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Dietary factors and low-grade inflammation in relation to overweight and obesity

Calder, Philip C., Ahluwalia, Namanjeet, Brouns, Fred, Buetler, Timo, Clement, Karine, Cunningham, Karen, Esposito, Katherine, Jonsson, Lena S., Kolb, Hubert, Lansink, Mirian, Marcos, Ascension, Margioris, Andrew, Matusheski, Nathan, Nordmann, Herve, O’Brien, John, Pugliese, Giuseppe, Rizkalla, Salwa, Schalkwijk, Casper, Tuomilehto, Jaakko, Warnberg, Julia, Watzl, Bernhard and Winklhofer-Roob, Brigitte M. (2011) Dietary factors and low-grade inflammation in relation to overweight and obesity British Journal of Nutrition, 106, supplement 3, S1-S78. (doi:10.1017/S0007114511005460). (PMID:22133051).

Record type: Article

Abstract

Low-grade inflammation is a characteristic of the obese state, and adipose tissue releases many inflammatory mediators. The source of these mediators within adipose tissue is not clear, but infiltrating macrophages seem to be especially important, although adipocytes themselves play a role. Obese people have higher circulating concentrations of many inflammatory markers than lean people do, and these are believed to play a role in causing insulin resistance and other metabolic disturbances. Blood concentrations of inflammatory markers are lowered following weight loss. In the hours following the consumption of a meal, there is an elevation in the concentrations of inflammatory mediators in the bloodstream, which is exaggerated in obese subjects and in type 2 diabetics. Both high-glucose and high-fat meals may induce postprandial inflammation, and this is exaggerated by a high meal content of advanced glycation end products (AGE) and partly ablated by inclusion of certain antioxidants or antioxidant-containing foods within the meal. Healthy eating patterns are associated with lower circulating concentrations of inflammatory markers. Among the components of a healthy diet, whole grains, vegetables and fruits, and fish are all associated with lower inflammation. AGE are associated with enhanced oxidative stress and inflammation. SFA and trans-MUFA are pro-inflammatory, while PUFA, especially long-chain n-3 PUFA, are anti-inflammatory. Hyperglycaemia induces both postprandial and chronic low-grade inflammation. Vitamin C, vitamin E and carotenoids decrease the circulating concentrations of inflammatory markers. Potential mechanisms are described and research gaps, which limit our understanding of the interaction between diet and postprandial and chronic low-grade inflammation, are identified.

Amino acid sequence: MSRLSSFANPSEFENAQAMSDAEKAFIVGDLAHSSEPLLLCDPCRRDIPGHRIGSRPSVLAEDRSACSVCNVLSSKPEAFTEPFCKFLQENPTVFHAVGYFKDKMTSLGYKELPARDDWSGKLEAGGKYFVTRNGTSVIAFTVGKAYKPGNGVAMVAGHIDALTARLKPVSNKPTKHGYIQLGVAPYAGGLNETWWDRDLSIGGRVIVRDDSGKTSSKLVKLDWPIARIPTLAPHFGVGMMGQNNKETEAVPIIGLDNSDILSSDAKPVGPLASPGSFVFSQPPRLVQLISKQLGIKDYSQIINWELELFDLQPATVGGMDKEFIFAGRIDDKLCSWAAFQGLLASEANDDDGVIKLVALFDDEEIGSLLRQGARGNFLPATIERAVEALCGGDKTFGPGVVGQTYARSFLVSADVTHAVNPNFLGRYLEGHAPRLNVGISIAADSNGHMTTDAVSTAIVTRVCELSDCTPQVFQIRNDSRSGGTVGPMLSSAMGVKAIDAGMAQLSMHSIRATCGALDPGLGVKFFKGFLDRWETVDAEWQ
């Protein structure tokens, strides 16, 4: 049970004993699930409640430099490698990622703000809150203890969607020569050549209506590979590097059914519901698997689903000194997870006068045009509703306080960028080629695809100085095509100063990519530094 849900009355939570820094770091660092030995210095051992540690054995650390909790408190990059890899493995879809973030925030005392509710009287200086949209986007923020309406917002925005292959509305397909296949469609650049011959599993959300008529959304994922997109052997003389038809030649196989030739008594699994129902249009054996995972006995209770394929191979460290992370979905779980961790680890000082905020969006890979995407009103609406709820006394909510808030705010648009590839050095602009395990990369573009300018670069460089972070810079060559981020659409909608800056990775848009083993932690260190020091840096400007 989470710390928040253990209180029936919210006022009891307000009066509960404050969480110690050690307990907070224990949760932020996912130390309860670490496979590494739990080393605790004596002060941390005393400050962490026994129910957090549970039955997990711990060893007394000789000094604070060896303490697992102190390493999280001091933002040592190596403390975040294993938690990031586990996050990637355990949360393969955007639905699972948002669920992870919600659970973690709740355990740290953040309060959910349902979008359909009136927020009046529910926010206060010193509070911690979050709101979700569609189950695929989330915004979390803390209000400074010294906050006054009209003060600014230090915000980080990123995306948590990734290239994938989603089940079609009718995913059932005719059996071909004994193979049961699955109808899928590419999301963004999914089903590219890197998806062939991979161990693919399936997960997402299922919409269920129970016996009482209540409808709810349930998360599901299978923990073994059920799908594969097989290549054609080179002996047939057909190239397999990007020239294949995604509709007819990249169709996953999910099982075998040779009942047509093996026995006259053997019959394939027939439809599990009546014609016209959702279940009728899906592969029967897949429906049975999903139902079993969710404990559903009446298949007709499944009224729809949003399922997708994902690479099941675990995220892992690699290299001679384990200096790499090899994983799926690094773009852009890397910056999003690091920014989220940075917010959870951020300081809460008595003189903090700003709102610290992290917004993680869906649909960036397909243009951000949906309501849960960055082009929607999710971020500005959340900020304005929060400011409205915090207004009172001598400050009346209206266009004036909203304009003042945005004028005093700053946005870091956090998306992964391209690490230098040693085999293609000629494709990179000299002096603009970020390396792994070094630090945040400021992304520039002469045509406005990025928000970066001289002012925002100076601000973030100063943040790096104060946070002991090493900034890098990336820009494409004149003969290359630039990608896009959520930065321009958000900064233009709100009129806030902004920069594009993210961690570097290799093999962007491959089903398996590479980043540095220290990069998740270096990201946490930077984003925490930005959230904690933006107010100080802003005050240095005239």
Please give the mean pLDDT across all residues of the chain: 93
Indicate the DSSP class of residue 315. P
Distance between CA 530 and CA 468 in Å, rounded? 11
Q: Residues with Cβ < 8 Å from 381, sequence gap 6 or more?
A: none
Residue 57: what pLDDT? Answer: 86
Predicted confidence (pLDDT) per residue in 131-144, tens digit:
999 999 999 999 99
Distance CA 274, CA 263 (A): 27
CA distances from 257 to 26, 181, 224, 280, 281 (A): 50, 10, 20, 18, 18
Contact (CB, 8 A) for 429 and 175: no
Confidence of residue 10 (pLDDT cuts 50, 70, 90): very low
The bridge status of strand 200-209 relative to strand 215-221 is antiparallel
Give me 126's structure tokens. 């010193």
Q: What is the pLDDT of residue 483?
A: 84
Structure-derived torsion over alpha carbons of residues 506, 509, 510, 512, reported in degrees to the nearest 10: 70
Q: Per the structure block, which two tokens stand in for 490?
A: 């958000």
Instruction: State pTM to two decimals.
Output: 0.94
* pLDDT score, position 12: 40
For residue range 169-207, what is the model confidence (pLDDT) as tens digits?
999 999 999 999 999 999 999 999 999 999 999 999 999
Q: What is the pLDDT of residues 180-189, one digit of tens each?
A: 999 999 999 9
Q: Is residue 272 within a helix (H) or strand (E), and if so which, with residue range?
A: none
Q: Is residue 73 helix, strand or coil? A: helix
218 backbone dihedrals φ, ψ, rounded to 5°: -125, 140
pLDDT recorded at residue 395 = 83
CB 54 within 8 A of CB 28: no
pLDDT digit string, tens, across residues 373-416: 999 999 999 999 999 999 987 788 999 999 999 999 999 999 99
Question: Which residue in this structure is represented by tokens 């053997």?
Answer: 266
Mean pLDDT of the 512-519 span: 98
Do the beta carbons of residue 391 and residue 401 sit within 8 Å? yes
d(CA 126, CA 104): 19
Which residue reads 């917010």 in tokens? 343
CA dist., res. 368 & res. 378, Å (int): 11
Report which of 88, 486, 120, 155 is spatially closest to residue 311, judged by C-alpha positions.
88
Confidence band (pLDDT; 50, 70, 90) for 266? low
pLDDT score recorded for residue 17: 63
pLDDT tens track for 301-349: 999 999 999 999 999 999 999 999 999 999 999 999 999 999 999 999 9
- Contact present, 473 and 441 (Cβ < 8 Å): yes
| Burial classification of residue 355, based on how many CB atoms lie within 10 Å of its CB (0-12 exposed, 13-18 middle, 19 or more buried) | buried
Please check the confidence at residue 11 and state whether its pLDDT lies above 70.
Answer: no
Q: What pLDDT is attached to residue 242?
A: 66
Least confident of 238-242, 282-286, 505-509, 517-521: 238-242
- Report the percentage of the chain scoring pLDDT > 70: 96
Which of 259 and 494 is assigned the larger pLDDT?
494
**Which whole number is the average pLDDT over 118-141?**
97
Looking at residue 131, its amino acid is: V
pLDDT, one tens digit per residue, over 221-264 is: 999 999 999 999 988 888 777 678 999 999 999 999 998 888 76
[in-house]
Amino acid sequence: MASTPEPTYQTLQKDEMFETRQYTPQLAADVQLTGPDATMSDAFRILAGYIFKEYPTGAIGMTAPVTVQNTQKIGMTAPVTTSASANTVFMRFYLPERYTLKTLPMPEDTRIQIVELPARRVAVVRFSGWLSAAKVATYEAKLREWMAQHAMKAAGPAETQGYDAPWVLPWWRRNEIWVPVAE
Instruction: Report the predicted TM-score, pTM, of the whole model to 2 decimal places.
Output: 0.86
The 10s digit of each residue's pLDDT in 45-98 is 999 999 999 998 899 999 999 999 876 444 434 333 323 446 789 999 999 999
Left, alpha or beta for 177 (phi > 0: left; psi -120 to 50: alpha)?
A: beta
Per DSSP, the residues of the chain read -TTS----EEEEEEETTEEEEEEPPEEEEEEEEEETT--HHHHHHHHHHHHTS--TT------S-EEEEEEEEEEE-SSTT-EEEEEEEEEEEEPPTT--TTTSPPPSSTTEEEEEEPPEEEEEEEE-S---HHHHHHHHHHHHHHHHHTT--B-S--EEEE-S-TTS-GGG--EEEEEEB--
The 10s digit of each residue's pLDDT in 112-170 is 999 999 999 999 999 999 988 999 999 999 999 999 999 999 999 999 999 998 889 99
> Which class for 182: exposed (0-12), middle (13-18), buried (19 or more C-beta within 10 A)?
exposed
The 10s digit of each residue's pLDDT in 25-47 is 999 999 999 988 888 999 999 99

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Published date: December 2011
Keywords: inflammation, cytokines, adipose, obesity, diet
Organisations: Human Development & Health

Identifiers

Local EPrints ID: 337203
URI: http://eprints.soton.ac.uk/id/eprint/337203
ISSN: 0007-1145
PURE UUID: 0d166fce-9e5d-4af4-87f9-5b61ae379d09

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Date deposited: 20 Apr 2012 12:56
Last modified: 18 Jul 2017 06:04

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Contributors

Author: Namanjeet Ahluwalia
Author: Fred Brouns
Author: Timo Buetler
Author: Karine Clement
Author: Karen Cunningham
Author: Katherine Esposito
Author: Lena S. Jonsson
Author: Hubert Kolb
Author: Mirian Lansink
Author: Ascension Marcos
Author: Andrew Margioris
Author: Nathan Matusheski
Author: Herve Nordmann
Author: John O’Brien
Author: Giuseppe Pugliese
Author: Salwa Rizkalla
Author: Casper Schalkwijk
Author: Jaakko Tuomilehto
Author: Julia Warnberg
Author: Bernhard Watzl
Author: Brigitte M. Winklhofer-Roob

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